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(LEAD) PM apologizes for failure to prevent mass virus outbreak within Cheonghae unit

All News 11:34 July 20, 2021

(ATTN: UPDATES with President Moon's message in last 2 paras)

SEOUL, July 20 (Yonhap) -- Prime Minister Kim Boo-kyum apologized Tuesday for the government's failure to prevent a mass COVID-19 outbreak among sailors of South Korea's Cheonghae unit on an anti-piracy mission in waters off Africa.

A total of 247 sailors of the 301-strong Cheonghae unit have tested positive for the coronavirus, the Joint Chiefs of Staff said Monday, confirming a widely feared mass infection. The military sent two KC-330 multirole aerial tankers to Africa to bring back all the members.

"The government is very sorry for failing to carefully attend to the health of our troops dedicated to protecting our nation," Kim said during a daily interagency meeting on the government's coronavirus response, in addressing the virus outbreak within the Cheonghae unit.

A South Korean Air Force plane arrives at an unidentified African airport on July 18, 2021, in this photo provided by the defense ministry. South Korea hastily sent two KC-330 multipurpose aerial tankers to bring home all of the South Korean service members belonging to the Cheonghae Unit on an anti-piracy mission off the coast of Africa, right after the unit reported mass COVID-19 infections onboard. (PHOTO NOT FOR SALE) (Yonhap)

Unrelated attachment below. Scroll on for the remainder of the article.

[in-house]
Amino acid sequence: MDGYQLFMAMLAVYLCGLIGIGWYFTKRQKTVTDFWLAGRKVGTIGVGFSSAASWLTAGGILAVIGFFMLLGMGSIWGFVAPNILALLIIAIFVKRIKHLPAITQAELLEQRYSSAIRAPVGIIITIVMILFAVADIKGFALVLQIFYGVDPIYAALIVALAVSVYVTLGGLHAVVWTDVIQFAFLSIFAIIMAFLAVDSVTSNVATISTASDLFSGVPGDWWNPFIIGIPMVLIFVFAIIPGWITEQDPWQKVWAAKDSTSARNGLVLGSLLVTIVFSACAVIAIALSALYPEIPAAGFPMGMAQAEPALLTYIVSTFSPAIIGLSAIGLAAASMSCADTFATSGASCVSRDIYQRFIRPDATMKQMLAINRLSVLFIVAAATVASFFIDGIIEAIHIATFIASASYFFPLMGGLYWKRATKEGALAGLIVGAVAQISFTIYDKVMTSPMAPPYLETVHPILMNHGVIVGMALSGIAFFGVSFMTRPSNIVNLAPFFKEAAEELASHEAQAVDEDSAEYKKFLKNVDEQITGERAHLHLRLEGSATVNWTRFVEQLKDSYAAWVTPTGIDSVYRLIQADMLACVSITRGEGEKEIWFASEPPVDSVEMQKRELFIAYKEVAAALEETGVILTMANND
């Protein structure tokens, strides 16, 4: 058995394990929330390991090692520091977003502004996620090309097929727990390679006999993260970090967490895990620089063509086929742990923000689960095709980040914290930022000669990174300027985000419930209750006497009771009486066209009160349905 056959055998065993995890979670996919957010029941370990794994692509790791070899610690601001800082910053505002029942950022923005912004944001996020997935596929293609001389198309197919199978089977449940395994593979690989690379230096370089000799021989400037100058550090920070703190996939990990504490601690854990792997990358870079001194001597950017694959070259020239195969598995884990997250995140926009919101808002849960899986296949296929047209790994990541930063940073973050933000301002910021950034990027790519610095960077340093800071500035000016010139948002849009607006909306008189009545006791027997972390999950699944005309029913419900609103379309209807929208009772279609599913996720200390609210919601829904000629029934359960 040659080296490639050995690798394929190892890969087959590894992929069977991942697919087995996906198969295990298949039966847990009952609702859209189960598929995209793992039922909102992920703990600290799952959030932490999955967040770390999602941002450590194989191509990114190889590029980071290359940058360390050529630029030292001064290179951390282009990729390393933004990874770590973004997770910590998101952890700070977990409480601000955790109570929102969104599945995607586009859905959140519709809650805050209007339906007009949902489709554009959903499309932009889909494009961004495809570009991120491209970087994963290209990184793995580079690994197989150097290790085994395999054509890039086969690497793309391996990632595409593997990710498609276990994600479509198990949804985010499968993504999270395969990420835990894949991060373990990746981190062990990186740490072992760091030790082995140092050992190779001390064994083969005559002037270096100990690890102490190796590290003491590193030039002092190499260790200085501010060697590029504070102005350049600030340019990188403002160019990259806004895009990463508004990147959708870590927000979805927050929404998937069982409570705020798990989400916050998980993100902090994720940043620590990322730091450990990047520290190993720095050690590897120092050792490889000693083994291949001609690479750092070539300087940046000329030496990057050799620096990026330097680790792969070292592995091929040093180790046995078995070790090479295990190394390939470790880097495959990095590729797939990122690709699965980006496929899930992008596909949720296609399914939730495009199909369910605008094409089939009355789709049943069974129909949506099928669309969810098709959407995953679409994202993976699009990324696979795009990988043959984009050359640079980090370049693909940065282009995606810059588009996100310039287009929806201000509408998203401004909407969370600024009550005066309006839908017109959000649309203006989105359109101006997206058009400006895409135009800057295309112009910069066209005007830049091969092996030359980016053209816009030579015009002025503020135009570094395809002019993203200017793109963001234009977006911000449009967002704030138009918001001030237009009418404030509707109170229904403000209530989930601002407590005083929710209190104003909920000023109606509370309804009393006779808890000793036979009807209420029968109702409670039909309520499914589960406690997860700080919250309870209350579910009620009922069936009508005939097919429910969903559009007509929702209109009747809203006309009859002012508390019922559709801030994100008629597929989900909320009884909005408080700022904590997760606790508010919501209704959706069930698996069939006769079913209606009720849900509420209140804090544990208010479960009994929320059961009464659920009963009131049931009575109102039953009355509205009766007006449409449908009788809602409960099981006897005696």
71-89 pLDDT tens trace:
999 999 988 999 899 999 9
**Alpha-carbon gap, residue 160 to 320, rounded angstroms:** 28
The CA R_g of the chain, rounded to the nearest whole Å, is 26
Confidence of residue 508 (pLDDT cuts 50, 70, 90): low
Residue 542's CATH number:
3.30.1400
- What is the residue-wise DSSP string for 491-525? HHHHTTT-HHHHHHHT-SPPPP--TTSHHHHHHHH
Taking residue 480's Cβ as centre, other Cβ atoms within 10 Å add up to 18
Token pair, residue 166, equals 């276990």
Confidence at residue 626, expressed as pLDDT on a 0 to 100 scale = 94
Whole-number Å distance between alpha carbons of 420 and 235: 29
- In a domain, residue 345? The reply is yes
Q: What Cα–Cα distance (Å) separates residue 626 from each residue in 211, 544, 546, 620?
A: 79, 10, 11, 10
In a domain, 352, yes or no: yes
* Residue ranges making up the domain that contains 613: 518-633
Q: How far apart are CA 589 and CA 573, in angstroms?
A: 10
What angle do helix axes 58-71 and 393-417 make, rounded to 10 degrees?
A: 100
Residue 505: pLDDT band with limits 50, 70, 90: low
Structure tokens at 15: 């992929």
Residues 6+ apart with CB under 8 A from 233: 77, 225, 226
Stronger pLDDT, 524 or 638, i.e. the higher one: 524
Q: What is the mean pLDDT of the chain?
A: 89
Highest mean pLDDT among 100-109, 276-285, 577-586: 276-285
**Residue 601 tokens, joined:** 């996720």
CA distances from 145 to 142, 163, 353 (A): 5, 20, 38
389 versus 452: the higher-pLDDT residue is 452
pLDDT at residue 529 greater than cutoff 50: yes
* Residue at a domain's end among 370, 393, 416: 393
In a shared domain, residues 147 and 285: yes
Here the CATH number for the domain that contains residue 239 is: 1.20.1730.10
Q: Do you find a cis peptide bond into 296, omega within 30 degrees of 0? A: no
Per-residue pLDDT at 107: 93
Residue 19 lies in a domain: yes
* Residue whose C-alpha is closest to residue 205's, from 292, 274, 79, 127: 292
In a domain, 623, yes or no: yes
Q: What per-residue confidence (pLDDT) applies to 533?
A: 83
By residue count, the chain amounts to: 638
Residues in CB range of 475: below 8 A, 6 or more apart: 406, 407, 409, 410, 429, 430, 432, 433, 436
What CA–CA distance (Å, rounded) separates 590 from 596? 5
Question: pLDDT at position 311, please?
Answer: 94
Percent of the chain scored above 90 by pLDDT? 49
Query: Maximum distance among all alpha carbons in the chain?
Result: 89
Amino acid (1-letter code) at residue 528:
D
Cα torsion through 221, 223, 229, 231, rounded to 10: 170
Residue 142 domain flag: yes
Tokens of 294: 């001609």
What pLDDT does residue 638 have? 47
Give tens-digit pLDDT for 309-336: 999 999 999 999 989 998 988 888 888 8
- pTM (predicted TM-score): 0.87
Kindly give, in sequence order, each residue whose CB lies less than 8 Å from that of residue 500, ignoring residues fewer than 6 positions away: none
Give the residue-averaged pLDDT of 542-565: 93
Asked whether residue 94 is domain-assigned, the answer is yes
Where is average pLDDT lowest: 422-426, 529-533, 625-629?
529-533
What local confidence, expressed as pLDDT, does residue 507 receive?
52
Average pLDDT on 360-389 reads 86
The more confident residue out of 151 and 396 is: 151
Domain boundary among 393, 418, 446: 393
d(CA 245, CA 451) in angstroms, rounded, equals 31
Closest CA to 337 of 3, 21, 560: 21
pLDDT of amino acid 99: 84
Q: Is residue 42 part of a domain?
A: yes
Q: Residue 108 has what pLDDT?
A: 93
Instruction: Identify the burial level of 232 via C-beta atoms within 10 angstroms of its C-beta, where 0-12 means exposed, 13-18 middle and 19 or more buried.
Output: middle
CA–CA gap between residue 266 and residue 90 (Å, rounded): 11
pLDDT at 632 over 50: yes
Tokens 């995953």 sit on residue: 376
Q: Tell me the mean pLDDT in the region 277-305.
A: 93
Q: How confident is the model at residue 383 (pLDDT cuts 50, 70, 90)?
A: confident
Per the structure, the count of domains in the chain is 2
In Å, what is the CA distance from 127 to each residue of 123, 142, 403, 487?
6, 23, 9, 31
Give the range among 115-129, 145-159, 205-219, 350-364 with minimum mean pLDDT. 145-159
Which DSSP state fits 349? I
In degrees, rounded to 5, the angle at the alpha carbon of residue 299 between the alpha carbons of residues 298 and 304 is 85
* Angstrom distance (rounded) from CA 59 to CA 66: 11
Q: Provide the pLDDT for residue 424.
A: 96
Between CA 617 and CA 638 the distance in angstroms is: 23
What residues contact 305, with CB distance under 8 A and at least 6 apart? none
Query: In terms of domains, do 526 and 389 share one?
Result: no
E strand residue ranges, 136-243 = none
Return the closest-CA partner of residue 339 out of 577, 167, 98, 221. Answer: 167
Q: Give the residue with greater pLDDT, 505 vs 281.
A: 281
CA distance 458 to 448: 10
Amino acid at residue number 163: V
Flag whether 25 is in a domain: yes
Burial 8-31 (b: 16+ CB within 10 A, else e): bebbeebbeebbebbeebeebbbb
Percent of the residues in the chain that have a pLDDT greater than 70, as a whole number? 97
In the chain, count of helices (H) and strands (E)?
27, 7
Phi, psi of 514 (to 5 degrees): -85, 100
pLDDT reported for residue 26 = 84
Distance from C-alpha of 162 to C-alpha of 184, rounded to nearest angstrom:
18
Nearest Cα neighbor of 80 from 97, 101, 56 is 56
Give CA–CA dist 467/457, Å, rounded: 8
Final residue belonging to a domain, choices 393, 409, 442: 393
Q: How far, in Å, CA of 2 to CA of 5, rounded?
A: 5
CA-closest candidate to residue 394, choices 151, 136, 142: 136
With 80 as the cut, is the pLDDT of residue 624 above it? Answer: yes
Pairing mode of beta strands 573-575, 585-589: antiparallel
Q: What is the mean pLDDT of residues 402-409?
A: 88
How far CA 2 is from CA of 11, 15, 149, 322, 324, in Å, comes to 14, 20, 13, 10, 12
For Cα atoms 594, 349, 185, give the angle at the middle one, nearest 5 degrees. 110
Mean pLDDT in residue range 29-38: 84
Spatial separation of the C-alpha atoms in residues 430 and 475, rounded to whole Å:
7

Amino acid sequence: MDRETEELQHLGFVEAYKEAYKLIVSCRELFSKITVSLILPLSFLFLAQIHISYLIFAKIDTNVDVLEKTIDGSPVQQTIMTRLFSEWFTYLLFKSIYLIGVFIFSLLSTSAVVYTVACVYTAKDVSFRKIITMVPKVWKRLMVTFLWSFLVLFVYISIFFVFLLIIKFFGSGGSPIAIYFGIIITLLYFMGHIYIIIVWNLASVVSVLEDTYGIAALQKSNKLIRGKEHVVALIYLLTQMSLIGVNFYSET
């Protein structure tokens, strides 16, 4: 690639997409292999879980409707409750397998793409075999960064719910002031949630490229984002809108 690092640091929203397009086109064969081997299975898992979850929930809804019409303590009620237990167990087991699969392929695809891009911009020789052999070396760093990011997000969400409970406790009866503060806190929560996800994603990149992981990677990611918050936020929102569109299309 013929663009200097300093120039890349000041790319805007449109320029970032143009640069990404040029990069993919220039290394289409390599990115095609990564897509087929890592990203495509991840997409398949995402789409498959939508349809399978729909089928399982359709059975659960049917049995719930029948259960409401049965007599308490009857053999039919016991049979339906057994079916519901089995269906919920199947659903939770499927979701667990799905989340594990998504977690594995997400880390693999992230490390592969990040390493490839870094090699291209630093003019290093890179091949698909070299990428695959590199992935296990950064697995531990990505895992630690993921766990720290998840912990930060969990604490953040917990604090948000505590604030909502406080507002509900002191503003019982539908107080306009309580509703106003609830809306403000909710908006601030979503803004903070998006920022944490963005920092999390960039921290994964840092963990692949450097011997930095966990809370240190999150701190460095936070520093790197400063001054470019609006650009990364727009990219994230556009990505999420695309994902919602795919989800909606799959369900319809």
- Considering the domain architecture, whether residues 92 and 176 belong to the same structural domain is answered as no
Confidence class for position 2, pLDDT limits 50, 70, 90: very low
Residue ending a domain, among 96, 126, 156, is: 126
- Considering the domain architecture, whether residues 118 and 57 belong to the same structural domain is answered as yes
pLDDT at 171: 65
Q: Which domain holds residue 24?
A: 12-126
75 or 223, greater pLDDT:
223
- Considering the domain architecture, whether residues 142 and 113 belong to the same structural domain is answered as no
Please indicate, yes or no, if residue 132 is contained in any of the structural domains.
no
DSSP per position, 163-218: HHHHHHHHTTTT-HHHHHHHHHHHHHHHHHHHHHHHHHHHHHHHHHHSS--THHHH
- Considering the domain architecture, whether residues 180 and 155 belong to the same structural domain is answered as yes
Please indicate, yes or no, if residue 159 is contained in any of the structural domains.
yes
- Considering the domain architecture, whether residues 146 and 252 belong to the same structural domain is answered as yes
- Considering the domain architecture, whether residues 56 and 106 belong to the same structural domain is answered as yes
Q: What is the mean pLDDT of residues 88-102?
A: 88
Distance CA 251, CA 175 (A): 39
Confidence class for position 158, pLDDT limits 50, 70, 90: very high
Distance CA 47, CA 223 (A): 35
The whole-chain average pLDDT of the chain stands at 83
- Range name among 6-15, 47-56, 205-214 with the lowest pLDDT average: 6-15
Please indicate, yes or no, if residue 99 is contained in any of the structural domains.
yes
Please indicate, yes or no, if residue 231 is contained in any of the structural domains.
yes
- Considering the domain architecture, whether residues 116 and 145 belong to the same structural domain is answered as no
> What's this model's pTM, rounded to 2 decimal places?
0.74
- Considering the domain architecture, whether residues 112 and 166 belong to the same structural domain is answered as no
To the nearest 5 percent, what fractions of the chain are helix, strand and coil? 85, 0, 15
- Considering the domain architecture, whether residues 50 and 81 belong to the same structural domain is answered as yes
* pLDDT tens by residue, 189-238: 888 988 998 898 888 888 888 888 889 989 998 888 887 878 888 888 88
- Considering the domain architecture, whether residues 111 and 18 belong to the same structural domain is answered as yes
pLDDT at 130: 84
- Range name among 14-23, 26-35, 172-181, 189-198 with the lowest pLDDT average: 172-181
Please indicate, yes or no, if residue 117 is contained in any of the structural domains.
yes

Kim instructed the defense ministry to do its best for the treatment and recovery of returning troops. He also called for proper follow-up measures to ensure smooth mission continuity in light of an abrupt rotation of troop dispatch.

The prime minister also addressed safety concerns among parents about the government's coronavirus vaccinations for high school seniors.

Prime Minister Kim Boo-kyum speaks during a daily interagency meeting on the country's coronavirus response at the government complex in Sejong on July 20, 2021. (Yonhap)

On Monday, health authorities began rolling out the first jabs of the Pfizer vaccine to high school seniors and teachers across the country as part of efforts to get ready for the national college entrance exam slated for mid-November.

"There are many worries among parents as the program marks the first vaccinations among youths," Kim noted while asking health and school authorities to take special measures to monitor vaccinated students.

During a Cabinet meeting later in the day, President Moon Jae-in agreed that it is hard for the government to avoid criticism that its relevant measures were "insufficient" in the eyes of the people.

He called on the authorities to handle the issue thoroughly, while humbly accepting such criticism.


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